Research shows that communication and early resolution programs, such as Stanford’s PEARL Program and COPIC Insurance Company’s 3Rs Program, have been successful in helping both patients and providers during the stressful time after an adverse event. Providers get support in communications with patients and their families, as well as assistance with medical/legal issues. Patients get help where they need it: medical, emotional, and financial. As result, these programs report a decrease in frequency of medical liability claims and litigation costs.
The CAP Cares Program
CAP Cares is an early intervention program designed to assist CAP members in response to adverse events arising from patient care. An adverse event can be either a known risk of medical care (a complication) or an injury caused by medical error.
In both instances, CAP’s experienced Risk Management team provides support to CAP members whose patients have experienced an unanticipated outcome. Their focus is to encourage early physician-patient communication, manage and maintain the treating relationship, and coach CAP members in their documentation of an adverse event.
Here is how CAP Cares helped one CAP member…
A Surprising Complication
A 33-year-old healthy married male with four children underwent a non-scalpel vasectomy early one evening in Dr. URO’s office. After getting home, the patient observed his left scrotum progressively getting larger and his pain intensifying. The concerned patient alerted Dr. URO about his symptoms and was instructed to go to the emergency room, where he was diagnosed with a large left scrotal hematoma and admitted to the hospital. During exploratory surgery the next morning, Dr. URO noted no active bleeding and removed a 200 ml blood clot. Later that evening, approximately 24 hours after his vasectomy, the patient was discharged in stable condition.
Dr. URO monitored the patient’s recovery over the next month. The hematoma and soft tissue swelling slowly improved with ice and elevation, and the patient’s pain was managed with oral medications. He did not experience any additional complications from surgery and was released from Dr. URO’s care.
Even though the medical record reflects that Dr. URO discussed the risks associated with a vasectomy, the patient was still surprised he suffered this known, but rare complication, and was extremely angry that he was hospitalized within hours of his vasectomy. As a business courtesy, Dr. URO assured the patient that he would not be billed for the vasectomy or the hematoma evacuation.
Five months later, the patient contacted Dr. URO’s office irate about the bills he received. Dr. URO’s staff billed the patient for the procedures, as they were not aware that Dr. URO advised the patient he would waive his fees. At the same time, the hospital was sending the patient to collections for $3,500 for non- payment of his portion of the $25,800 hospitalization bill. Over the telephone, the patient threatened legal action against Dr. URO for medical negligence. That’s when Dr. URO called the CAP Cares Hotline.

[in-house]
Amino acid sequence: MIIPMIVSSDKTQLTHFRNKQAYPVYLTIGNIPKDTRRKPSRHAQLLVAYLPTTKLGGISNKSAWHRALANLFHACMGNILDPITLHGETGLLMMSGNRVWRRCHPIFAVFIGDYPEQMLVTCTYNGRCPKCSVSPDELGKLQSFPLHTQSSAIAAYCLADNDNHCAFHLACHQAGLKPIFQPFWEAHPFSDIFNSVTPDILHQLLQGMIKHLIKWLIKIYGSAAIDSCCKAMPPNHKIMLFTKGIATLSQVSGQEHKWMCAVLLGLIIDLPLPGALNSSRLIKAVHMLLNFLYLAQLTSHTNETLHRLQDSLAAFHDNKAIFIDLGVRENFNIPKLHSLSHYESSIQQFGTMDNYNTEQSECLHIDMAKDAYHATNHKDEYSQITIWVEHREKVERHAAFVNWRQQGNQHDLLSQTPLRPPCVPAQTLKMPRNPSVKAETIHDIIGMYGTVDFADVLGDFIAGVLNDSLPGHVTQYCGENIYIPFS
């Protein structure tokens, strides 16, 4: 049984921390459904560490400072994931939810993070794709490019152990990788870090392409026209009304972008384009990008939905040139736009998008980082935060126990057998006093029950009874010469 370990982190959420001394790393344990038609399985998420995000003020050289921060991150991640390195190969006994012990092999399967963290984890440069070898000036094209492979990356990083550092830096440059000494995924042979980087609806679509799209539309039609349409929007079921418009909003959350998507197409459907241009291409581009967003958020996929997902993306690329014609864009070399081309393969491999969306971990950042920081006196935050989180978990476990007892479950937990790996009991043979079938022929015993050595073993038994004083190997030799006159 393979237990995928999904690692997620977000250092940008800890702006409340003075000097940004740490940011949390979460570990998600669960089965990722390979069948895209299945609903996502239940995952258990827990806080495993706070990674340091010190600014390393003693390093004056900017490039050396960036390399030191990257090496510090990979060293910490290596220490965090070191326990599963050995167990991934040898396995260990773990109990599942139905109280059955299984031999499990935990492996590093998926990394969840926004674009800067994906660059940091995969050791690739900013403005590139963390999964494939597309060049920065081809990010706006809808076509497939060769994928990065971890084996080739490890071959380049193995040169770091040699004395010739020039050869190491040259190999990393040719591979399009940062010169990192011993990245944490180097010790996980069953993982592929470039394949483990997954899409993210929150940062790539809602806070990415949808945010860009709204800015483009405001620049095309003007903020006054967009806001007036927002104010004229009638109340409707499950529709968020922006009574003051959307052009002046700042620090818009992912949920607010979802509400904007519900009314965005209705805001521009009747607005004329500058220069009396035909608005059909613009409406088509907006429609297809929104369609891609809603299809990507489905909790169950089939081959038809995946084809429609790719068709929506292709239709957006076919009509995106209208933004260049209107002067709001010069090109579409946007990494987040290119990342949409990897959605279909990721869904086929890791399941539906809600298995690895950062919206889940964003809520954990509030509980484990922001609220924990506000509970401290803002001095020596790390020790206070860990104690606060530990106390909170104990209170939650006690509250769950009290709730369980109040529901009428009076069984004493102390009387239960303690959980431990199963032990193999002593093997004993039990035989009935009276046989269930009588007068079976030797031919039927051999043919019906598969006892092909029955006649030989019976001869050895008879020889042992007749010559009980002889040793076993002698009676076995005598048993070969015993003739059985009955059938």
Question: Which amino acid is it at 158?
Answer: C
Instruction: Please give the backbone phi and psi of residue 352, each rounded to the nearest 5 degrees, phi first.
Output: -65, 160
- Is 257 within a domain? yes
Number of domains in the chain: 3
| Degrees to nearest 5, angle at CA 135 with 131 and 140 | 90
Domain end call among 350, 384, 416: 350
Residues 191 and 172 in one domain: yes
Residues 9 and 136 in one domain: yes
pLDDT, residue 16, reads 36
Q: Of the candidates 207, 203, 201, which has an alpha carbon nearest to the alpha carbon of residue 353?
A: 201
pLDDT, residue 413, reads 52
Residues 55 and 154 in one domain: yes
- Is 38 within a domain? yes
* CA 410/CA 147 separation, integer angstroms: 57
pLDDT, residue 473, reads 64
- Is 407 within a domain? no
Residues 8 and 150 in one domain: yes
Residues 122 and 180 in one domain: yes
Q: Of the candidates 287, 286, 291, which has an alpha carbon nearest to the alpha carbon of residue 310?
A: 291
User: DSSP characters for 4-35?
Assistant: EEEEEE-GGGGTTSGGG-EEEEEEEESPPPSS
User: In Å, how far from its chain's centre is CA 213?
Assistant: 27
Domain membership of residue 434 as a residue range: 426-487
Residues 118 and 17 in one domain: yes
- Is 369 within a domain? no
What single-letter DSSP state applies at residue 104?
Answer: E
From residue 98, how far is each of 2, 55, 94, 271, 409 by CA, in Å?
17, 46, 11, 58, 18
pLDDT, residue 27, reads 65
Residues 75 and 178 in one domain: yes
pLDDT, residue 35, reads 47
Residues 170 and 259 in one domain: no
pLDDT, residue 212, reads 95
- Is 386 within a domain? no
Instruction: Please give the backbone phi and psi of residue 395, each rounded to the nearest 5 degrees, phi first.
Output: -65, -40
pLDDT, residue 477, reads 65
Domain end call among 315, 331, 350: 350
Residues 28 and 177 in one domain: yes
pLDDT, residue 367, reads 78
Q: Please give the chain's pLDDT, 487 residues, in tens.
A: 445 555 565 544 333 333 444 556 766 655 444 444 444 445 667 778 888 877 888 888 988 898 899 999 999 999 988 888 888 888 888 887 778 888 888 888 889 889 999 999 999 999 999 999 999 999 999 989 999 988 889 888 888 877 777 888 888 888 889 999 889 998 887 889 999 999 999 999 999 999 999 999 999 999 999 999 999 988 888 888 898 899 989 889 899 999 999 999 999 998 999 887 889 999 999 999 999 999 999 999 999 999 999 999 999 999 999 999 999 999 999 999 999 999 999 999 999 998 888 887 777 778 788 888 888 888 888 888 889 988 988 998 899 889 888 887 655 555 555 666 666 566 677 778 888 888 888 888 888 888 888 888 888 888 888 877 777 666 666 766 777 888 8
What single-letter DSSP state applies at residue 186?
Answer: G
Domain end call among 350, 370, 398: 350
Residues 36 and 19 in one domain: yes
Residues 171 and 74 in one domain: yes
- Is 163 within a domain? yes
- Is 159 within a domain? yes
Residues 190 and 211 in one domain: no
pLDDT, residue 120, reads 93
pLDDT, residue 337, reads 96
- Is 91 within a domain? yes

Patient Assistance Services
The CAP Cares specialist coached Dr. URO on how to handle the complaint and address his patient’s financial issues. Dr. URO apologized to the patient for the billing mishap and reassured him that the outstanding ledger balance would be waived. Dr. URO and the CAP Cares specialist worked with the patient to resolve the hospital billing issue through CAP’s Patient Assistance Services (PAS) program. As a result, the patient never filed a medical malpractice lawsuit against Dr. URO.
The PAS program allows for the consideration of payment of medical expenses, and associated costs, related to a medical error or a complication of care that remains after insurance benefits have been applied. Offering such a service to a patient, if eligible, does not constitute and shall not be construed as an admission of liability. PAS matters are not considered a medical liability claim, but rather a benevolent early intervention gesture. Eligibility is evaluated on a case-by-case basis and certain restrictions apply.
We encourage CAP members to call CAP’s Hotline at 800-252-0555 the moment an adverse event is recognized. Please have the following important information available for the CAP Cares specialist:
- Patient’s name and date of birth
- Date of the incident and location
- Names of other physicians or healthcare providers involved
- Description of possible injuries
Initially, there will be a discussion of appropriate immediate interventions and documentation. During future conversations, other interventions will be discussed, including apology, disclosure, and, if needed, arrangements for additional services the patient might need as a result of the adverse event. We assure you that any written and oral communications with you are confidential. We also remind you that any contact with CAP should never be written in the patient’s records.
We know that experiencing an adverse event can be very difficult and it is our intent to assist you during this very stressful time. Please call the CAP Cares Hotline at 800-252-0555 for help.
Amy McLain is a Senior Risk Management and Patient Safety Specialist for CAP. Questions or comments related to this ar ticle should be directed to amclain@CAPphysicians.com.